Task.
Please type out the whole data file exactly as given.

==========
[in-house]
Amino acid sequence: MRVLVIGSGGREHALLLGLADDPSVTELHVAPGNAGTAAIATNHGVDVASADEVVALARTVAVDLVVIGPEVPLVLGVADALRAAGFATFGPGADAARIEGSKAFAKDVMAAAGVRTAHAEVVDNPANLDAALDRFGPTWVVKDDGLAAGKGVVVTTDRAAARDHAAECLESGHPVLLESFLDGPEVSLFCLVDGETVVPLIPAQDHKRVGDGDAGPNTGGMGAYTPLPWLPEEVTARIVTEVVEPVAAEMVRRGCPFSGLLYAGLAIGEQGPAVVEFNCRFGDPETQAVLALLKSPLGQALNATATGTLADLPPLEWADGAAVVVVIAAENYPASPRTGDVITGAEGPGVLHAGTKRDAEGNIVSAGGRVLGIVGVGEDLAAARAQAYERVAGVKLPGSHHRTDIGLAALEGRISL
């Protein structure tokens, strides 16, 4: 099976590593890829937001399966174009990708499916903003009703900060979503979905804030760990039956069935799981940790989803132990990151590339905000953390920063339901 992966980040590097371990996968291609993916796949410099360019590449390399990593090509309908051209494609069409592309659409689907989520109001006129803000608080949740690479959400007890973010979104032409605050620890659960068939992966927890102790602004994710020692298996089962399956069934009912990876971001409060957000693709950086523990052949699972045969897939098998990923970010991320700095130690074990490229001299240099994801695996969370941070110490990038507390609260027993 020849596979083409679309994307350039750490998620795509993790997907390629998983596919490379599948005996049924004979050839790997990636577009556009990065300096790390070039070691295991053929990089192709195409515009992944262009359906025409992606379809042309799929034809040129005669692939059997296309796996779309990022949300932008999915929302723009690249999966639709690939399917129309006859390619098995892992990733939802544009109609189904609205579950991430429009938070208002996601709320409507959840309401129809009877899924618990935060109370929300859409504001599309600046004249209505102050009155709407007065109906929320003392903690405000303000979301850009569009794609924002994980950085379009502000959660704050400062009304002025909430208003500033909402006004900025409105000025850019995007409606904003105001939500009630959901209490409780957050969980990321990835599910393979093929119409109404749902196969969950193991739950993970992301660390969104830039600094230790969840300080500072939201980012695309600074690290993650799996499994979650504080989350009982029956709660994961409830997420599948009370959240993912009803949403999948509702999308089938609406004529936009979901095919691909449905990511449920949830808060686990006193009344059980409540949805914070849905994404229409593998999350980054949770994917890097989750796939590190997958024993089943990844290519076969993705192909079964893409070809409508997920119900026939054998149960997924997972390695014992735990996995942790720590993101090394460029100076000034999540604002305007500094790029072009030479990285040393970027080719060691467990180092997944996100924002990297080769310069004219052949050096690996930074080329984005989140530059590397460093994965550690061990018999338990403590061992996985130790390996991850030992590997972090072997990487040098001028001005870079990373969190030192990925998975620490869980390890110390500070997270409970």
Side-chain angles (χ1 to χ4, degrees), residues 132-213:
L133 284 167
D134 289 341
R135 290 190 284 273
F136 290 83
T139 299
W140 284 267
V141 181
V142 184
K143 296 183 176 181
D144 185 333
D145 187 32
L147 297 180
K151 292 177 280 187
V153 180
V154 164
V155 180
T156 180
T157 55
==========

[in-house]
Amino acid sequence: MRVLVIGSGGREHALLLGLADDPSVTELHVAPGNAGTAAIATNHGVDVASADEVVALARTVAVDLVVIGPEVPLVLGVADALRAAGFATFGPGADAARIEGSKAFAKDVMAAAGVRTAHAEVVDNPANLDAALDRFGPTWVVKDDGLAAGKGVVVTTDRAAARDHAAECLESGHPVLLESFLDGPEVSLFCLVDGETVVPLIPAQDHKRVGDGDAGPNTGGMGAYTPLPWLPEEVTARIVTEVVEPVAAEMVRRGCPFSGLLYAGLAIGEQGPAVVEFNCRFGDPETQAVLALLKSPLGQALNATATGTLADLPPLEWADGAAVVVVIAAENYPASPRTGDVITGAEGPGVLHAGTKRDAEGNIVSAGGRVLGIVGVGEDLAAARAQAYERVAGVKLPGSHHRTDIGLAALEGRISL
């Protein structure tokens, strides 16, 4: 099976590593890829937001399966174009990708499916903003009703900060979503979905804030760990039956069935799981940790989803132990990151590339905000953390920063339901 992966980040590097371990996968291609993916796949410099360019590449390399990593090509309908051209494609069409592309659409689907989520109001006129803000608080949740690479959400007890973010979104032409605050620890659960068939992966927890102790602004994710020692298996089962399956069934009912990876971001409060957000693709950086523990052949699972045969897939098998990923970010991320700095130690074990490229001299240099994801695996969370941070110490990038507390609260027993 020849596979083409679309994307350039750490998620795509993790997907390629998983596919490379599948005996049924004979050839790997990636577009556009990065300096790390070039070691295991053929990089192709195409515009992944262009359906025409992606379809042309799929034809040129005669692939059997296309796996779309990022949300932008999915929302723009690249999966639709690939399917129309006859390619098995892992990733939802544009109609189904609205579950991430429009938070208002996601709320409507959840309401129809009877899924618990935060109370929300859409504001599309600046004249209505102050009155709407007065109906929320003392903690405000303000979301850009569009794609924002994980950085379009502000959660704050400062009304002025909430208003500033909402006004900025409105000025850019995007409606904003105001939500009630959901209490409780957050969980990321990835599910393979093929119409109404749902196969969950193991739950993970992301660390969104830039600094230790969840300080500072939201980012695309600074690290993650799996499994979650504080989350009982029956709660994961409830997420599948009370959240993912009803949403999948509702999308089938609406004529936009979901095919691909449905990511449920949830808060686990006193009344059980409540949805914070849905994404229409593998999350980054949770994917890097989750796939590190997958024993089943990844290519076969993705192909079964893409070809409508997920119900026939054998149960997924997972390695014992735990996995942790720590993101090394460029100076000034999540604002305007500094790029072009030479990285040393970027080719060691467990180092997944996100924002990297080769310069004219052949050096690996930074080329984005989140530059590397460093994965550690061990018999338990403590061992996985130790390996991850030992590997972090072997990487040098001028001005870079990373969190030192990925998975620490869980390890110390500070997270409970």
Side-chain angles (χ1 to χ4, degrees), residues 132-213:
L133 284 167
D134 289 341
R135 290 190 284 273
F136 290 83
T139 299
W140 284 267
V141 181
V142 184
K143 296 183 176 181
D144 185 333
D145 187 32
L147 297 180
K151 292 177 280 187
V153 180
V154 164
V155 180
T156 180
T157 55